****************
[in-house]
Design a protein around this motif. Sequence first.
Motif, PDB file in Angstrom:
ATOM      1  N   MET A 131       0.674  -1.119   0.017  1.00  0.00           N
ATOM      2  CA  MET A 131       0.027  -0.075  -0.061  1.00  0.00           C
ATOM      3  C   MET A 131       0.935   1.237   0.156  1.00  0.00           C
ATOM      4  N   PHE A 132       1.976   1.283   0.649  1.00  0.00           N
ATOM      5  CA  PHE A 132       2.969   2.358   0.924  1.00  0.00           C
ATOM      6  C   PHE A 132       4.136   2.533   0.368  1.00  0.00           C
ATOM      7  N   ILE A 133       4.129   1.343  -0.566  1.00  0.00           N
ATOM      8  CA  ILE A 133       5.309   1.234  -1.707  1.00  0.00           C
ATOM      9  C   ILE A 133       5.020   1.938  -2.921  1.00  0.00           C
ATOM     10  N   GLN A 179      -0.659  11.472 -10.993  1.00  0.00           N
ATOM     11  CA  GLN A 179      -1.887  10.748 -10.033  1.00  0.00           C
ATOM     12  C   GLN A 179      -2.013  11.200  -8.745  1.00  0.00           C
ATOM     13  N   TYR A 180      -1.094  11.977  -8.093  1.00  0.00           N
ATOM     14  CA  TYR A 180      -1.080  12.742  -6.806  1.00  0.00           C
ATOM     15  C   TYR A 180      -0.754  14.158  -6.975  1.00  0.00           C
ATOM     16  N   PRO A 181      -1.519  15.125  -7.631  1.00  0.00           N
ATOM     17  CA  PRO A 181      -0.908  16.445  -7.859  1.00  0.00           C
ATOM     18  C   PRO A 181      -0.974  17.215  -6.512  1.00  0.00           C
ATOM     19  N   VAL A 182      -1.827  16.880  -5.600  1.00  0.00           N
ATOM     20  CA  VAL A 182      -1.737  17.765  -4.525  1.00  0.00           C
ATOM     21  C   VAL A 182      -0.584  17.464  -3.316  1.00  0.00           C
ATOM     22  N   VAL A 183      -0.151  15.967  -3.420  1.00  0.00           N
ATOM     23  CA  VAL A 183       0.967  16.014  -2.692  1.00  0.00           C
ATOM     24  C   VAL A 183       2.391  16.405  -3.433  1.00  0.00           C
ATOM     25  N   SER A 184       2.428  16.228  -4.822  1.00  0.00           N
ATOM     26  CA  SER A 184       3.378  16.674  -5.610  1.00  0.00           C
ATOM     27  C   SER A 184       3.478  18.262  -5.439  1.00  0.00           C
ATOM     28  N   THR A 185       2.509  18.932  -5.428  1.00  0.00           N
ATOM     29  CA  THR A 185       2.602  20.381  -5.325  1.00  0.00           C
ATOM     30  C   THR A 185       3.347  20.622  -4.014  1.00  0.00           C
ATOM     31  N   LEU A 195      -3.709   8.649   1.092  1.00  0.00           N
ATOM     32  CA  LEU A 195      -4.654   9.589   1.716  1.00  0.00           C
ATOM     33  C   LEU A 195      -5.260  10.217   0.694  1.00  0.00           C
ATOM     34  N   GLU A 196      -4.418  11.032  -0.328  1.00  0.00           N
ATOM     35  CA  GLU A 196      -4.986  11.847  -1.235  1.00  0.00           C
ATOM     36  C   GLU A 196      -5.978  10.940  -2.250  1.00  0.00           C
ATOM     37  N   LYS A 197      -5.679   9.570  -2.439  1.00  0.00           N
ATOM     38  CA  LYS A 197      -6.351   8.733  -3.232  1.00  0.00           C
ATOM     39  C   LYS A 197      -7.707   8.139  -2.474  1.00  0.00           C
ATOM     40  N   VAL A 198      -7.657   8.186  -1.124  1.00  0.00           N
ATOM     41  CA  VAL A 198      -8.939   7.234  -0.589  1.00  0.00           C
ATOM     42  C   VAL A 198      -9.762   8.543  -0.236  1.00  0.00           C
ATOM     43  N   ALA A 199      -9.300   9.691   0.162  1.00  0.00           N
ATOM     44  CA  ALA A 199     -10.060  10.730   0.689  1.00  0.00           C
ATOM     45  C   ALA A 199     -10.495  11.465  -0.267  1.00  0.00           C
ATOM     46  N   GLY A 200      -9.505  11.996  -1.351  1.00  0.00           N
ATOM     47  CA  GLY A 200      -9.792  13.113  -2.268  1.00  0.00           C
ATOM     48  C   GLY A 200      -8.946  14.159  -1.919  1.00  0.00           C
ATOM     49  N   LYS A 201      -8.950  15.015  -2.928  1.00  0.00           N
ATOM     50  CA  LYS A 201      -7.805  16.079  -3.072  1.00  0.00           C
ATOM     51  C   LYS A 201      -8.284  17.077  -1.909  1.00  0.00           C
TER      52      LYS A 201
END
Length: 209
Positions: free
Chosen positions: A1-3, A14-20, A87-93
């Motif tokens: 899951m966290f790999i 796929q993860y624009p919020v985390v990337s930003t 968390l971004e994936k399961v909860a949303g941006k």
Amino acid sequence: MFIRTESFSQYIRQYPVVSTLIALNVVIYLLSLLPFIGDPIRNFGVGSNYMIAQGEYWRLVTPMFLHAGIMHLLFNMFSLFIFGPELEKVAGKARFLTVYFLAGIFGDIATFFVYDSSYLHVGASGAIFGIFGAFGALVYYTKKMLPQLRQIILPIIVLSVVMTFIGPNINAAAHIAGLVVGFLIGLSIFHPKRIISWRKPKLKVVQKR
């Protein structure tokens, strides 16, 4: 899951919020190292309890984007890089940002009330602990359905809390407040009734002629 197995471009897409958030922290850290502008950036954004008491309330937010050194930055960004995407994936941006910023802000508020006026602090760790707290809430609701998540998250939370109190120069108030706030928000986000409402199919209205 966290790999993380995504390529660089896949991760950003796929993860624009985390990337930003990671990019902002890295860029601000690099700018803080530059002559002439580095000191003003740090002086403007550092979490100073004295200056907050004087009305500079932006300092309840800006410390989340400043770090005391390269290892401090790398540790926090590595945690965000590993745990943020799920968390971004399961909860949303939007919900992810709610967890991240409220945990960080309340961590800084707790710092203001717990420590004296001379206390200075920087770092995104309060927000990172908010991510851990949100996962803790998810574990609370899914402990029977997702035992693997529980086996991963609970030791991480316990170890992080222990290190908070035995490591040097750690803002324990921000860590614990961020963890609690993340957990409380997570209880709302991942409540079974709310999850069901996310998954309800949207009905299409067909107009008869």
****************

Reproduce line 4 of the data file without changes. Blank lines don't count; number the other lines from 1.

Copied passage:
ATOM      1  N   MET A 131       0.674  -1.119   0.017  1.00  0.00           N